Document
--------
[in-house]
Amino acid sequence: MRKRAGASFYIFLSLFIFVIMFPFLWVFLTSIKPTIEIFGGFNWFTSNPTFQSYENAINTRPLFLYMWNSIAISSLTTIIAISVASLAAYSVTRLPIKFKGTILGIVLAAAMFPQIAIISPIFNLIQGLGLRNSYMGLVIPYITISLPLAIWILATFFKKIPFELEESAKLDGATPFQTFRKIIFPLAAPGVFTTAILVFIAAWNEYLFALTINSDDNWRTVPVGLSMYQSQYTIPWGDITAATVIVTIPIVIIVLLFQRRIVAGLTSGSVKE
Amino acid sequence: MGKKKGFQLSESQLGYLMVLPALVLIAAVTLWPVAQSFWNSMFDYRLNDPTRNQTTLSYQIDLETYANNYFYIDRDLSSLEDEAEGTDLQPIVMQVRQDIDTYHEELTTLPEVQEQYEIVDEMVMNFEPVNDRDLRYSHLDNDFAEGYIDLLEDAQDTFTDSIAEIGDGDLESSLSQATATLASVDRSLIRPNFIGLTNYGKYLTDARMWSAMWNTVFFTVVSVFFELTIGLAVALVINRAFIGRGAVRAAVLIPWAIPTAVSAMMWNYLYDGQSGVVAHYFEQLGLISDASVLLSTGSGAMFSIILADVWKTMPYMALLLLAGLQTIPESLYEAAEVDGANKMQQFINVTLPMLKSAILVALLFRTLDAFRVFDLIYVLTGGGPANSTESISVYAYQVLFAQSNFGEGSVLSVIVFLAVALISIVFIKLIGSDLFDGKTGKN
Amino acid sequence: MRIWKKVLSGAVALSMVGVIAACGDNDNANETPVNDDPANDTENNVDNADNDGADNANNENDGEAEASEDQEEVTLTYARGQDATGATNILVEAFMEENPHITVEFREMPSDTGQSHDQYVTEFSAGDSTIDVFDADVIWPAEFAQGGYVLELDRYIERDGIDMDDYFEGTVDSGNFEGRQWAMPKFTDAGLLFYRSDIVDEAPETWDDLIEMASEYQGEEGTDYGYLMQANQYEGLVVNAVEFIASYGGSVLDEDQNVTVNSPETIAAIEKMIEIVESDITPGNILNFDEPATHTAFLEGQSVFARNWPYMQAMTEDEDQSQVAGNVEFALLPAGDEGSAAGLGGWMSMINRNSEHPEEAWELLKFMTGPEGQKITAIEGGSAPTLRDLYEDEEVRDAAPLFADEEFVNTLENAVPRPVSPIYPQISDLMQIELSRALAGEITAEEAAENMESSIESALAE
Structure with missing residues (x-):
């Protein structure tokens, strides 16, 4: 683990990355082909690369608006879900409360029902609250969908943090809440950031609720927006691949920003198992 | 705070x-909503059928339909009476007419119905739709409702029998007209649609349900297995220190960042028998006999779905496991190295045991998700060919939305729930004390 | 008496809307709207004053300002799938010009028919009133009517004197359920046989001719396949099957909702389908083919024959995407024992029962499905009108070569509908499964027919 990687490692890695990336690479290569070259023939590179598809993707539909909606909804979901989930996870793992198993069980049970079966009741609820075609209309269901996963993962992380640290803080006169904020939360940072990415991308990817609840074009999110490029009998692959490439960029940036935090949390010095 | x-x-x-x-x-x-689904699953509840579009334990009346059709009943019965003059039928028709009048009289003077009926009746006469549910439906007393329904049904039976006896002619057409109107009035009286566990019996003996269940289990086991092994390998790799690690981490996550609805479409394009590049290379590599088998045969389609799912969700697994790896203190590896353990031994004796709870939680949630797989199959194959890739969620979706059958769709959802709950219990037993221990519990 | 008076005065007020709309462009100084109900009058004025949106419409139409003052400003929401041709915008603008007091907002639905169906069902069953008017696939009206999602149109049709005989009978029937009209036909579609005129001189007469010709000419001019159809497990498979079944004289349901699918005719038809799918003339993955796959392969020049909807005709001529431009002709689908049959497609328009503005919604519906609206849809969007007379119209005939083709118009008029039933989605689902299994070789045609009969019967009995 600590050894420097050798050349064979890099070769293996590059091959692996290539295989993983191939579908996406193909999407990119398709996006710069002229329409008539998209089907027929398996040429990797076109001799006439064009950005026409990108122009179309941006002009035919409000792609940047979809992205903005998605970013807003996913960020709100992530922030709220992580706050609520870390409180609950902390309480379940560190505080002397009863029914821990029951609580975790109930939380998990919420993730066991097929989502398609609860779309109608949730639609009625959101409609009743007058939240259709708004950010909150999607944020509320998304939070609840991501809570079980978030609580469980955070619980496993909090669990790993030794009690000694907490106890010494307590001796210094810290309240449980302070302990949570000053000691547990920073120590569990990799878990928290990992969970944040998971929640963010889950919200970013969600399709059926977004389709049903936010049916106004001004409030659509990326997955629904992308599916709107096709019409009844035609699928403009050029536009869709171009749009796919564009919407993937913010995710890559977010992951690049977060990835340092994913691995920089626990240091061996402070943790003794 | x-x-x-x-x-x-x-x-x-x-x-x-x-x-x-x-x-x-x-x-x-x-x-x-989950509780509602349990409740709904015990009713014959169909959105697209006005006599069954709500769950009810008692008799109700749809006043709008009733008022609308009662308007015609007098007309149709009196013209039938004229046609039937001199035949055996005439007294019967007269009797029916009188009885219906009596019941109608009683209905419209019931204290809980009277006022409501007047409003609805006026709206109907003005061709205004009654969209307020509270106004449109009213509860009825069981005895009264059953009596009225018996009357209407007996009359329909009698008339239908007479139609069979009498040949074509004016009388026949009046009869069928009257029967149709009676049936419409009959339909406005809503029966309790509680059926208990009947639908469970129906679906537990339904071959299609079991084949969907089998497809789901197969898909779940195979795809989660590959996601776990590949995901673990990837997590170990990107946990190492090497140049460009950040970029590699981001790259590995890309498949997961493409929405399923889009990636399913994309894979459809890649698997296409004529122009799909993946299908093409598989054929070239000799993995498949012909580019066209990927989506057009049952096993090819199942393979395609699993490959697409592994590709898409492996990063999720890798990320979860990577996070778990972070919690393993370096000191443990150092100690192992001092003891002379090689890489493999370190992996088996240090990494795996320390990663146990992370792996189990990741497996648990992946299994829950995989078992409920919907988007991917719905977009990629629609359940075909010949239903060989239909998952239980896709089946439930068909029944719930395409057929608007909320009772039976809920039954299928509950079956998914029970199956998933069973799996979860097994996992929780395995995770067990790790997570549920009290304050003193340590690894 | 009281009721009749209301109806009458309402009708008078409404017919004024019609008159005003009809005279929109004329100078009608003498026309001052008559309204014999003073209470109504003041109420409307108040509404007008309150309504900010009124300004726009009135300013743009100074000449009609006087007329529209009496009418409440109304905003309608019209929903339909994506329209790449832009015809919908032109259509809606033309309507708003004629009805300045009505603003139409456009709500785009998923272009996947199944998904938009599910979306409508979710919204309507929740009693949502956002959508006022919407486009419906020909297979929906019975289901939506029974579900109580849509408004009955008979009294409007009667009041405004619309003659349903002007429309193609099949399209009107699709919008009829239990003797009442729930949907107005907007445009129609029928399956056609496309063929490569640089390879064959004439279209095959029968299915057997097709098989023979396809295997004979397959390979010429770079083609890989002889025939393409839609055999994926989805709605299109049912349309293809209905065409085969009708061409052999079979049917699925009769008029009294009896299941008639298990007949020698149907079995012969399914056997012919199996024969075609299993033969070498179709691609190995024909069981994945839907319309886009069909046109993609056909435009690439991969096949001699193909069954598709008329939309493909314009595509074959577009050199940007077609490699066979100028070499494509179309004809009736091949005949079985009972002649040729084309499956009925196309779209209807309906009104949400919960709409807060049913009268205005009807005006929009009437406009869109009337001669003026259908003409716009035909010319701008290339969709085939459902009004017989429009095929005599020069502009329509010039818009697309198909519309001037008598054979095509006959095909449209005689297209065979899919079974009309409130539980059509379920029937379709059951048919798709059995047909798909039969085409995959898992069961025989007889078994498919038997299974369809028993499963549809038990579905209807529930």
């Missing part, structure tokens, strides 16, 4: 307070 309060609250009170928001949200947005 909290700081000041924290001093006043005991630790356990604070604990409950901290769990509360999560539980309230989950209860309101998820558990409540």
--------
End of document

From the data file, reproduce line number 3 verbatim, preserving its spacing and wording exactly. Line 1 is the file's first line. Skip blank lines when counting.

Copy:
Amino acid sequence: MGKKKGFQLSESQLGYLMVLPALVLIAAVTLWPVAQSFWNSMFDYRLNDPTRNQTTLSYQIDLETYANNYFYIDRDLSSLEDEAEGTDLQPIVMQVRQDIDTYHEELTTLPEVQEQYEIVDEMVMNFEPVNDRDLRYSHLDNDFAEGYIDLLEDAQDTFTDSIAEIGDGDLESSLSQATATLASVDRSLIRPNFIGLTNYGKYLTDARMWSAMWNTVFFTVVSVFFELTIGLAVALVINRAFIGRGAVRAAVLIPWAIPTAVSAMMWNYLYDGQSGVVAHYFEQLGLISDASVLLSTGSGAMFSIILADVWKTMPYMALLLLAGLQTIPESLYEAAEVDGANKMQQFINVTLPMLKSAILVALLFRTLDAFRVFDLIYVLTGGGPANSTESISVYAYQVLFAQSNFGEGSVLSVIVFLAVALISIVFIKLIGSDLFDGKTGKN